Feb 04, 2021 rated it it was ok
I gave it 2 stars because
1. It reads horribly. There's so much fluff, LARGE and not useful repetition, and not really that useful advice. It doesn't actually tell you how to build these things even in it's "process to become an analytical competitor.
2. There were some useful parts in the beginning, but it's very general. The advice isn't practical in how to actually build the analytical capability.

There were some useful parts though (MOSTLY IN THE FIRST CHAPTER). I believe if someone wrote a su
Gabriel Le Gall
May 22, 2019 rated it liked it
This book was rather interesting but not as insightful as I expected. I liked the frameworks presented in the first section "The Nature of Analytical Competition" but I agree with the previous comment saying that this book was not very impressive. The research conducted by the authors did not unveil much and I feel like they simply confirmed what we all assumed was true: Analytics is a competitive advantage, it leads to increased ROI, It's not only about IT it's about people... etc. At the end o ...more
Katherine Morgan
Jun 20, 2020 rated it really liked it
Shelves: business
Bought this book in 2010 when I changed careers. Since I was encouraged to learn about project management at time, that book also landed on my desk - but then I never found time to read it - for a bunch of reasons.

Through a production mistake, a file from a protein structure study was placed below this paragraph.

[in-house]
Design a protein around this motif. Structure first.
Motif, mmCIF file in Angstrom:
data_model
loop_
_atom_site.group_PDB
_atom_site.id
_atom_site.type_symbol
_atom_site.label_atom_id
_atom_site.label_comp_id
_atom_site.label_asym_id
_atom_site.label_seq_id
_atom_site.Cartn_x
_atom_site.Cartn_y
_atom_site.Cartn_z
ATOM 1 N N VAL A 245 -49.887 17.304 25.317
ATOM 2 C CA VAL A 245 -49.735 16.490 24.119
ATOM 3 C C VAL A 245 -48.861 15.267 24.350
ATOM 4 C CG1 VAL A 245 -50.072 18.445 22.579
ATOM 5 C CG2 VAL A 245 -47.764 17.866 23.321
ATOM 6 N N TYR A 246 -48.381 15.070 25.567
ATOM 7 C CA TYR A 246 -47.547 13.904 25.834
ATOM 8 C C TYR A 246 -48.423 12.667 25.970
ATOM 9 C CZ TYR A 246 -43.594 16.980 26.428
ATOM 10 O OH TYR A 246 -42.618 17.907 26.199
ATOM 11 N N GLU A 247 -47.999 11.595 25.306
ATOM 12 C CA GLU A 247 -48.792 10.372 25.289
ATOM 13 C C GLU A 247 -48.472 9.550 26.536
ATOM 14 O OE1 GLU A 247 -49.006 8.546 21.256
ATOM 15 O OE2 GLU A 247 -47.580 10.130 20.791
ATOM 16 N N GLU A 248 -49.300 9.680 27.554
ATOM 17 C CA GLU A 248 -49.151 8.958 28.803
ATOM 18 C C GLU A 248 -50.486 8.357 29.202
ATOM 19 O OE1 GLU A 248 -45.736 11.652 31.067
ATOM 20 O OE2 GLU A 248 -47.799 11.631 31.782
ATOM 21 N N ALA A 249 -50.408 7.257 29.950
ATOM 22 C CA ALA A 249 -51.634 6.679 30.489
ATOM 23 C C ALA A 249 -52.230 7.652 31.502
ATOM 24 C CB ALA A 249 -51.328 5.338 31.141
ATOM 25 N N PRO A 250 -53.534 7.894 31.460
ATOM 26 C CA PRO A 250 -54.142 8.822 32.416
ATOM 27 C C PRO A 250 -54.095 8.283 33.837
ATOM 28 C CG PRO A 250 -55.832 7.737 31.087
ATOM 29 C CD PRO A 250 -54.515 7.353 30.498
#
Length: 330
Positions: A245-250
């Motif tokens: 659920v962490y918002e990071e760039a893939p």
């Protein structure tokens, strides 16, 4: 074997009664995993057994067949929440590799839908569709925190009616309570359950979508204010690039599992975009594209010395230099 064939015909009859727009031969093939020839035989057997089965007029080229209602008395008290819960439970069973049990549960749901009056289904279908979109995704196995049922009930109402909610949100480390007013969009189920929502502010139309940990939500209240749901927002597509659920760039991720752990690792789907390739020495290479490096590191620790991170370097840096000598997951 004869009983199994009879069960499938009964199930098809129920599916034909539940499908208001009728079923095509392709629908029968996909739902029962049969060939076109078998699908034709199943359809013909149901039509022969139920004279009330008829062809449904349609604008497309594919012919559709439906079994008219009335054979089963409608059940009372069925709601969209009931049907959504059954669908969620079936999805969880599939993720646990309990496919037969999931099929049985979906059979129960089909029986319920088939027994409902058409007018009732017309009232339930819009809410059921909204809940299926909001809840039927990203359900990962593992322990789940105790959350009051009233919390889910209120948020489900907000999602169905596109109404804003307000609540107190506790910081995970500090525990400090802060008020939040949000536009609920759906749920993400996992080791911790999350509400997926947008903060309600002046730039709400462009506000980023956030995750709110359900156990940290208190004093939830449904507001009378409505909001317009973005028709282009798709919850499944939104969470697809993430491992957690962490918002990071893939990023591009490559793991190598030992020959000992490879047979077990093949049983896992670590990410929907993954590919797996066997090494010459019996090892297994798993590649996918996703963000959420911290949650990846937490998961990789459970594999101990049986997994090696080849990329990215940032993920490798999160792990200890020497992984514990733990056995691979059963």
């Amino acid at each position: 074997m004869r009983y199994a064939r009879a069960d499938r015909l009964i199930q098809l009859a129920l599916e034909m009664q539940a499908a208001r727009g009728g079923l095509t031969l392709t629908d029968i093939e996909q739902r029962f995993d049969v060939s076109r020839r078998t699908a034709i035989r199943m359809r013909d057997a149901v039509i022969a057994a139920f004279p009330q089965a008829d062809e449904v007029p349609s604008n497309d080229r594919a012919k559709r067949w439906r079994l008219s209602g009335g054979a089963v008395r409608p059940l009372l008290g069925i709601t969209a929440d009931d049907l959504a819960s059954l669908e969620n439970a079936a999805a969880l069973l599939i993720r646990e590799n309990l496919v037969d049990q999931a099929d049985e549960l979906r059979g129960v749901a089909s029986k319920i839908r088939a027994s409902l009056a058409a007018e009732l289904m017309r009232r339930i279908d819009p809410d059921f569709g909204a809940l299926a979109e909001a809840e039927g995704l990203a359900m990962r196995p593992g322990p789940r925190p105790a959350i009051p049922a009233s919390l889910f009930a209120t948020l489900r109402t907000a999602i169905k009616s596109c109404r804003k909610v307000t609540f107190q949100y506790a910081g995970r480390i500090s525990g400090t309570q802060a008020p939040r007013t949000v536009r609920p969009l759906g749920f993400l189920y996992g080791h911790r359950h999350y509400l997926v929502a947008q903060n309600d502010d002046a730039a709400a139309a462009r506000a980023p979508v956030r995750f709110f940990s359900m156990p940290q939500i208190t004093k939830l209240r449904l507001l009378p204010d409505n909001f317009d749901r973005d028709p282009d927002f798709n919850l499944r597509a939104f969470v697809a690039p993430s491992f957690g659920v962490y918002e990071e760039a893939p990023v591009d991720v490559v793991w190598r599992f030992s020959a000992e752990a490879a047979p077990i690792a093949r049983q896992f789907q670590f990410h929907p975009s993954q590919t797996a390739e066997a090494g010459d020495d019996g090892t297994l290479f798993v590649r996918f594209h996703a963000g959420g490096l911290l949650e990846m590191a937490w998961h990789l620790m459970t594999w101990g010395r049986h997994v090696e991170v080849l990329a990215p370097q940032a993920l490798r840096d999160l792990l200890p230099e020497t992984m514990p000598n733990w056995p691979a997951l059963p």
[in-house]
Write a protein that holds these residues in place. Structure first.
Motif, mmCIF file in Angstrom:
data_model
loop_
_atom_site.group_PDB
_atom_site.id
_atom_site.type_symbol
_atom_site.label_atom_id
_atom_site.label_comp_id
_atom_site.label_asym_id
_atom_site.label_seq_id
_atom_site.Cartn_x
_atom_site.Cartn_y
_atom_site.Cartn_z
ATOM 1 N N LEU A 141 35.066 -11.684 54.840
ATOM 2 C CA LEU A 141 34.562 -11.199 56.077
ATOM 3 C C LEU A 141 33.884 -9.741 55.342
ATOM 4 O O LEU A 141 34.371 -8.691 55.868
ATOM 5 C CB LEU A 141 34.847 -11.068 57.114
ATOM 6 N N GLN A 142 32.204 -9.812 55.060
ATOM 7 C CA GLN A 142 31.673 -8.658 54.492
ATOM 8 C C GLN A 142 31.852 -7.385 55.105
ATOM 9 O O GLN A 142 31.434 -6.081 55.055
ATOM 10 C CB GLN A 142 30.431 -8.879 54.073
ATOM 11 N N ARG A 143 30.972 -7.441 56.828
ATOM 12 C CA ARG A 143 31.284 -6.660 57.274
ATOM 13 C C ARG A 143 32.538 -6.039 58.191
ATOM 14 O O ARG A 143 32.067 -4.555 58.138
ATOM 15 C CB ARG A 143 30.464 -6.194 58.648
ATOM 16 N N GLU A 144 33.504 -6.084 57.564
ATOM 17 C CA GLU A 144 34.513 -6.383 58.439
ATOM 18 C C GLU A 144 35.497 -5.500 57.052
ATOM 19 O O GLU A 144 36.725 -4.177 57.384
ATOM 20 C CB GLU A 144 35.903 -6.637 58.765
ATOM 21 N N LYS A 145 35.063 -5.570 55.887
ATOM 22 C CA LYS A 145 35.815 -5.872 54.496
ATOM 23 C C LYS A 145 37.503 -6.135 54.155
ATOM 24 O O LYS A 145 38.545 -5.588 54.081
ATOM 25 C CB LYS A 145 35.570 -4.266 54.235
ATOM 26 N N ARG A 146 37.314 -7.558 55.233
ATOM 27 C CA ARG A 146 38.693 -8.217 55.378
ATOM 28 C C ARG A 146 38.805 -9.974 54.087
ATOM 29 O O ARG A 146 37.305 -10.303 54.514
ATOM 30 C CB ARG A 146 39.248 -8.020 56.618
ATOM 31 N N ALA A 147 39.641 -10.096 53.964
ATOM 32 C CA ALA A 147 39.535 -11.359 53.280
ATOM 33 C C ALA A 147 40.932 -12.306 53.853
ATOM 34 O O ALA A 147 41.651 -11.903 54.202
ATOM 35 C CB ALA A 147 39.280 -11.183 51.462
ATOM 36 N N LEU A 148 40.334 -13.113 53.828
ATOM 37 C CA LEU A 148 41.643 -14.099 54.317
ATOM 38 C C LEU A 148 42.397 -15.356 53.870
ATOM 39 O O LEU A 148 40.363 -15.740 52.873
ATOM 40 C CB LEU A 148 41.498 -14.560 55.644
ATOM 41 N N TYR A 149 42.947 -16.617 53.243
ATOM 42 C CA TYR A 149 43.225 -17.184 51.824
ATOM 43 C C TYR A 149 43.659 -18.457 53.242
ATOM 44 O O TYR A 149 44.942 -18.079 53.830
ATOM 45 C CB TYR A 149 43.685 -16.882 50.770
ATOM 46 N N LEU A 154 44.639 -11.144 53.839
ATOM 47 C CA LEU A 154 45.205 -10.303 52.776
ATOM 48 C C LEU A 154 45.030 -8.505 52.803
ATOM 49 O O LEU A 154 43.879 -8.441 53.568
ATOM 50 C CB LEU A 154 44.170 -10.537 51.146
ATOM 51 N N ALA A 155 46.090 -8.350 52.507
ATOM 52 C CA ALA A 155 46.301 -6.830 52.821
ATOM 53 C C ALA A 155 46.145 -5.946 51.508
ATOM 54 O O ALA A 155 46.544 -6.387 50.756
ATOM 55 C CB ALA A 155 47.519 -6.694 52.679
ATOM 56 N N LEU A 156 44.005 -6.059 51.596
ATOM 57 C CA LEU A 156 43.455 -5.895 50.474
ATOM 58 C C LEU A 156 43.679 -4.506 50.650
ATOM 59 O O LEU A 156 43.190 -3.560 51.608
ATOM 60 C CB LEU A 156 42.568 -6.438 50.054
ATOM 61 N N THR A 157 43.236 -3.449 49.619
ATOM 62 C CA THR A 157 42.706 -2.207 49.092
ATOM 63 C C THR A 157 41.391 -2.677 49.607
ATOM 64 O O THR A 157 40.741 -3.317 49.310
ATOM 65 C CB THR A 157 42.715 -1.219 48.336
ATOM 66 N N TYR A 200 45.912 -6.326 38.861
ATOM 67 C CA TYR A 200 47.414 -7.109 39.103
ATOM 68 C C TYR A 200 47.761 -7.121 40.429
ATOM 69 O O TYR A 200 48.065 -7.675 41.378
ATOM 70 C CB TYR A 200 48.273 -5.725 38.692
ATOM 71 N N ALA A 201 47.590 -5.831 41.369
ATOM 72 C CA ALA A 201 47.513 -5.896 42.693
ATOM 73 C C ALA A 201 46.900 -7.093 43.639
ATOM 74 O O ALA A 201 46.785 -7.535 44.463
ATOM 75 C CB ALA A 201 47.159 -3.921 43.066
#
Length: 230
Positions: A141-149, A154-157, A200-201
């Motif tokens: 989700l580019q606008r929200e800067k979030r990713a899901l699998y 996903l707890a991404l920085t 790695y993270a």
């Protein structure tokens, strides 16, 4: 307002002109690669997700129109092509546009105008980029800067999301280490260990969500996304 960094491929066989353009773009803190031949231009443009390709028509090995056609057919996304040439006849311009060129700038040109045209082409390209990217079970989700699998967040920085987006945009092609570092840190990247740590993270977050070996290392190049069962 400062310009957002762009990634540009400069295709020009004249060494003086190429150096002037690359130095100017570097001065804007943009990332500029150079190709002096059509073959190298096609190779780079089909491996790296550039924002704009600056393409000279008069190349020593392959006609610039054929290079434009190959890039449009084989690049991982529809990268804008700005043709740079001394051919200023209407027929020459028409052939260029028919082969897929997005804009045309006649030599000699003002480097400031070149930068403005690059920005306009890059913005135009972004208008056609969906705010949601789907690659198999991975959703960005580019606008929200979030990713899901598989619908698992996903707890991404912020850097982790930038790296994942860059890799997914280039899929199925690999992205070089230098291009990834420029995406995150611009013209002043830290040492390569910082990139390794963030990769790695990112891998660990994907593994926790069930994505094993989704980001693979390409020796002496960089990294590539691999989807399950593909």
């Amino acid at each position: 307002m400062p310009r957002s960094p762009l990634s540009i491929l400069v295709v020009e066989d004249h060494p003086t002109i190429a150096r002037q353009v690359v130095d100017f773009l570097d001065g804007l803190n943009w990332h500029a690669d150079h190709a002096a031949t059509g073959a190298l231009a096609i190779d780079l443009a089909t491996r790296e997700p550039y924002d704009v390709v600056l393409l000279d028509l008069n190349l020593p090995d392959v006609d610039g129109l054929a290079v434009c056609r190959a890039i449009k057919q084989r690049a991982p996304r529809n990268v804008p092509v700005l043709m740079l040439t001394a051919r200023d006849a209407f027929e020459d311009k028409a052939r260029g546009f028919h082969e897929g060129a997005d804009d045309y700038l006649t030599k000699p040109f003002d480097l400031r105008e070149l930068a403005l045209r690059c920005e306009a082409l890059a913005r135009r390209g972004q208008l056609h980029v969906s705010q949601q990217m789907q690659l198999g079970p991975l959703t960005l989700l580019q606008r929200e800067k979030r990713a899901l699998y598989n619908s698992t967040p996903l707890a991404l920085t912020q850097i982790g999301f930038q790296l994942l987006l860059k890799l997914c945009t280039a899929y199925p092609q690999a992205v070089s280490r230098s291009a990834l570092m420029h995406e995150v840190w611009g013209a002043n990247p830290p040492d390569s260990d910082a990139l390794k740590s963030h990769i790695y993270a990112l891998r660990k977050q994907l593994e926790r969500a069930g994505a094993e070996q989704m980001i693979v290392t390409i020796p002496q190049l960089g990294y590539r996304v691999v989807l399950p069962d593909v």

Ian challenged me to read a business book a month (Or something like that) this year. So I picked up this book - wish I had read it back in 2010. It really gives me insight into my current employer.
First chapter I noticed was mildly outdated but then I was fine with the rest of the boo
Adam Ribaudo
Apr 28, 2018 rated it did not like it
I read this book for a graduate level course but it feels especially outdated and irrelevant now. Perhaps to no fault of the authors. We can take for granted now that organizations will leverage data to gain a competitive advantage but this book spends chapters lauding that notion's virtues.

The book was written in 2007 and I thought the compliments it paid to data innovations in the financial sector were especially cringe worthy.
Mar 23, 2018 rated it really liked it  ·  review of another edition